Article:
I live in the UK and I have three Sjogren shotguns and they were all purchased at auction. They come up for sale quite often but you have to go to the auction house websites and open an account and set auction alerts.
From your reply it seems that you are in Sweden. If i was you I would register with lazuritz.com which is an auction house in Denmark and I have seen them on there regular.
If you purchased one on there you would have very little shipping costs and with you both being in Europe there should be less legal paperwork.
Make sure if you set an auction alert that you use the wording below as this should narrow down your search
Automat System Sjogren Patent Shotgun
Good luck with your search and I would be interested to hear how you get on.
Tank you very much for the useful information. I will be back with my progress.
I have asked Ian to pass on my email address for private communication or you may get in contact with http://www.australianfinearms.com.au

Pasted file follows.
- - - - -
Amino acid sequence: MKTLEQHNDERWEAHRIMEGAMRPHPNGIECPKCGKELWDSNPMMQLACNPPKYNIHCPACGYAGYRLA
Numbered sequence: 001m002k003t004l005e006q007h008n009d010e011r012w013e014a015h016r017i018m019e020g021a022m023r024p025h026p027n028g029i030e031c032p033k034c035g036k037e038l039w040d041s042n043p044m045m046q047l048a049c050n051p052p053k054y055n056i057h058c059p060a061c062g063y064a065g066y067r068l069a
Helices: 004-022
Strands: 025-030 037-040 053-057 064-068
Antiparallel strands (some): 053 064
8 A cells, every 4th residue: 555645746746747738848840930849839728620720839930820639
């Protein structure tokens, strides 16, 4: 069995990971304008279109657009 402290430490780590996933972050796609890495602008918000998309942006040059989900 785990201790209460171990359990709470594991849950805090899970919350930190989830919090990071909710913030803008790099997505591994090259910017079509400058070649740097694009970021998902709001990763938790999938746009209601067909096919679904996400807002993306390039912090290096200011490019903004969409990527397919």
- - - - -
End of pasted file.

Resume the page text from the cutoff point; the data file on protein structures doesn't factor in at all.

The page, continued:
Tank you. I will get in touch.
Joanne advised you that we have a 12 gauge Sjogren for sale in Australia. It is a 12 gauge in good working order and fair to good condition. Probably a 6 or 7 out of 10. It has a very small amount of v light pitting / frosting inside the barrel. It has British proof marks. I am a Licenced Firearms Dealer & have not come across one before in Australia. I would estimate it’s value as approx (Australian) $900 (about 600 Euro). Due to the low number of international flights at the moment, cartage fees are higher than usual. Normally transport costs would be approx $ 600, plus customs clearance fees at your end..
I have seen them sold for approx 600 to 800 BP. Through Rock Island (USA) for about US $ 800.
Thank you very much. Just what I am looking for. I will get in touch with you via http://www.australianfinearms.com.au, if thats ok, where you will get my email adress.
I used to own a Sjögren pistol (and shot it) but I’ve lost it now, I’m eagerly awaiting your disassembly video, A handgun quite popular at shootings in France Great, how much does it cost and can it be shipped to France?